Emanuel . M=o i
South Tenth Street School. 6.5S0 I
Sperling So ial Club. 6,u25 J
Eighth Avenue M. E. Church. 6,"75 M
Newark Technical School. 5,995 fl
Northern Lodge.No. 25,F. & A. M . 5,720 B
Young Men’s Catholic Club. 5,505 *
Hamburg Place School. 4,120
Marlon Lodge No. 26, T. O. O. F.. 3.97> ■
South Market Street School. 3,215 fl
Morton Street School. 1,195 1
St. John’s Gorman Luth. Church. 1,180
First Presbyterian Church. 1,076
International Brotherhood Of
Electrical Workers No. 52. 1,505
St. Paul German Luth. Church.. 975
High St. Presbyterian Church... 915
Park View Union Chapel. 72)
Church of Blessed Sacrament— 695
Now'ark Lodge No. 31, A. O. F.
of U. W.;. 650
Madison Avenue School. 695
St. Mary’s Orphanage. 595
Trinity Reformed Church. 415
Newton Street School. 305
Park Avenue School. 115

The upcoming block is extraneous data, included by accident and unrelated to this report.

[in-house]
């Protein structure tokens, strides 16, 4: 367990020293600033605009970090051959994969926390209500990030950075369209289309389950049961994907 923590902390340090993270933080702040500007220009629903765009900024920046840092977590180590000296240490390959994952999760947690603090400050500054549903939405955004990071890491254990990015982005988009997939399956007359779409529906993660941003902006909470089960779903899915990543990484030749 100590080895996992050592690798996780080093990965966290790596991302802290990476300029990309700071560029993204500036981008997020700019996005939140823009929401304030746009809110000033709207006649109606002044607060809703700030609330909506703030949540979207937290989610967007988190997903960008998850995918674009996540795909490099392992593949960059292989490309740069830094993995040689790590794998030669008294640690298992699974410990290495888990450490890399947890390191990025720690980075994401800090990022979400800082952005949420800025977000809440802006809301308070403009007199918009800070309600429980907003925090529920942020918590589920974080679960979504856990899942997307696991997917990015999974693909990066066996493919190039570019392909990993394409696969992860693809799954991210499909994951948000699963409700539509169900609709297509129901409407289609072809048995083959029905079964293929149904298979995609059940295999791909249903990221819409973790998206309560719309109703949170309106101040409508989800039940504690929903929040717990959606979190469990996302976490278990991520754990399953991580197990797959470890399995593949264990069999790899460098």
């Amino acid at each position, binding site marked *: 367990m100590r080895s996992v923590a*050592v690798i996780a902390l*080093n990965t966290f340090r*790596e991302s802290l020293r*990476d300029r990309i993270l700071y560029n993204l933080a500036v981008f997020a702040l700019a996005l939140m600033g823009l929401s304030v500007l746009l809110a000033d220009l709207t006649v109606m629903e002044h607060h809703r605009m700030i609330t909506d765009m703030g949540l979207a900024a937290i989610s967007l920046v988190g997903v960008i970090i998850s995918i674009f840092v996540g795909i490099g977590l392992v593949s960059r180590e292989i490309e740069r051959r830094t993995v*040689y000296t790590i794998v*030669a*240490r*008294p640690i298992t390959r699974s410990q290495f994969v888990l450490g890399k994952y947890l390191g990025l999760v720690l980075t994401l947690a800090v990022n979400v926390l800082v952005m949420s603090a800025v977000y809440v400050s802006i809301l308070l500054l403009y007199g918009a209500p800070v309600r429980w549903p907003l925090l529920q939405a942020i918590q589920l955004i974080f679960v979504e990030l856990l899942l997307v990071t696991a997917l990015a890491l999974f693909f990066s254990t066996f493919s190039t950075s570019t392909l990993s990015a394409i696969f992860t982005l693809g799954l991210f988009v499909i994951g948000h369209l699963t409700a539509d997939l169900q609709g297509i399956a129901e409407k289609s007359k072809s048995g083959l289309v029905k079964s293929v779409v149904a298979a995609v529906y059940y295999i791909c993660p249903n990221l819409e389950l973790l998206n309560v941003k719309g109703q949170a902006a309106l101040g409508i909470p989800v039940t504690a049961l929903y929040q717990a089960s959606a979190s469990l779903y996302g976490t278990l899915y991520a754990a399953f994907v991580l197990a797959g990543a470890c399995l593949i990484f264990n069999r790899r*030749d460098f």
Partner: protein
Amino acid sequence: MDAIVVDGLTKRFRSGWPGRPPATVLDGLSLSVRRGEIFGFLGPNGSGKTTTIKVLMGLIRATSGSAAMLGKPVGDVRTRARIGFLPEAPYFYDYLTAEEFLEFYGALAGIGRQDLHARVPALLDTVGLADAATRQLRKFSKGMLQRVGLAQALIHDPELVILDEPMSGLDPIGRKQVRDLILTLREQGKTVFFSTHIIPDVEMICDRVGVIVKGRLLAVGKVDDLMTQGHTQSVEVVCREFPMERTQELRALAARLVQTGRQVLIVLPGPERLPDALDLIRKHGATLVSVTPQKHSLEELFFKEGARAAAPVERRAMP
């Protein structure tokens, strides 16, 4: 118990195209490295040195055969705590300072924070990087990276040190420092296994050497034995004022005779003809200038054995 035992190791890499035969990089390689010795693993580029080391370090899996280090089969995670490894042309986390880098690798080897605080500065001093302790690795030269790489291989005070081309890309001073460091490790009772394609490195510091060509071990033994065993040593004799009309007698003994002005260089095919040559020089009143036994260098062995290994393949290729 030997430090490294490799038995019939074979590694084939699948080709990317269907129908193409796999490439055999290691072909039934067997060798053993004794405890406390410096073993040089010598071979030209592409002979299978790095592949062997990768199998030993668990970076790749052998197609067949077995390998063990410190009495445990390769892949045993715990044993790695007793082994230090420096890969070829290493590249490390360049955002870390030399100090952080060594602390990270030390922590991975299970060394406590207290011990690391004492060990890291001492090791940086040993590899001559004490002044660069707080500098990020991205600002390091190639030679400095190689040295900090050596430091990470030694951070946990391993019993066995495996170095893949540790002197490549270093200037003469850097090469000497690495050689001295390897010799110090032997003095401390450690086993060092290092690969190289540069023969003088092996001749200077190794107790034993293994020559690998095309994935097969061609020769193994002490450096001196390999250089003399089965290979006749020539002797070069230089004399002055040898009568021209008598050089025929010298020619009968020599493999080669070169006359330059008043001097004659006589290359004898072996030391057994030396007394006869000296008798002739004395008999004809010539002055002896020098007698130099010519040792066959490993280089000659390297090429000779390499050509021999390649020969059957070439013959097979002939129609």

Sisters of Charity. 35
Johnson Avenue School. 6-1
Clinton Avenue Baptist. 5i
Emmanuel Baptist. H
WEST POINT, N. Y.. Nov. 26.—It did
not need the reveille gun to awaken
the cadets today, and before the sun
peeped over the hills the barrlcks was
astir and In preparation for the hlg
Army-Navy football day. There was
just one thing to dampen the cadets'
spirits and that was the fact that thir
ty-two of their comrades must remain
home and be deprived of the pleasure
of rooting for their team on Franklin
Field today, doing penance- for their
connection with the recent "silencing”
of Captain Libngan.
These thirty-two sad-faced young
sters joined In the cheering longingly,
while their more fortunate comrades
boarded the special train for Phila
delphia to the strains of “Army, by
Thunder, Sure Is a Wonder.” each with ,
an Army pem.ant flying and a mega- J
phone drnped with the Army colors J
slung across his shoulder Althbu&h jj
only one officer Is In charge today and ■
the academy deserted the stay-at- jfl
homes will wearily irudge up and down H
(ho urea, gun on shoulder, eagerly H
awaiting the result. General Barry H
and a majority of the officers went to ^B
the game on a second special train. Bf||
which left shortly after that bearlng^B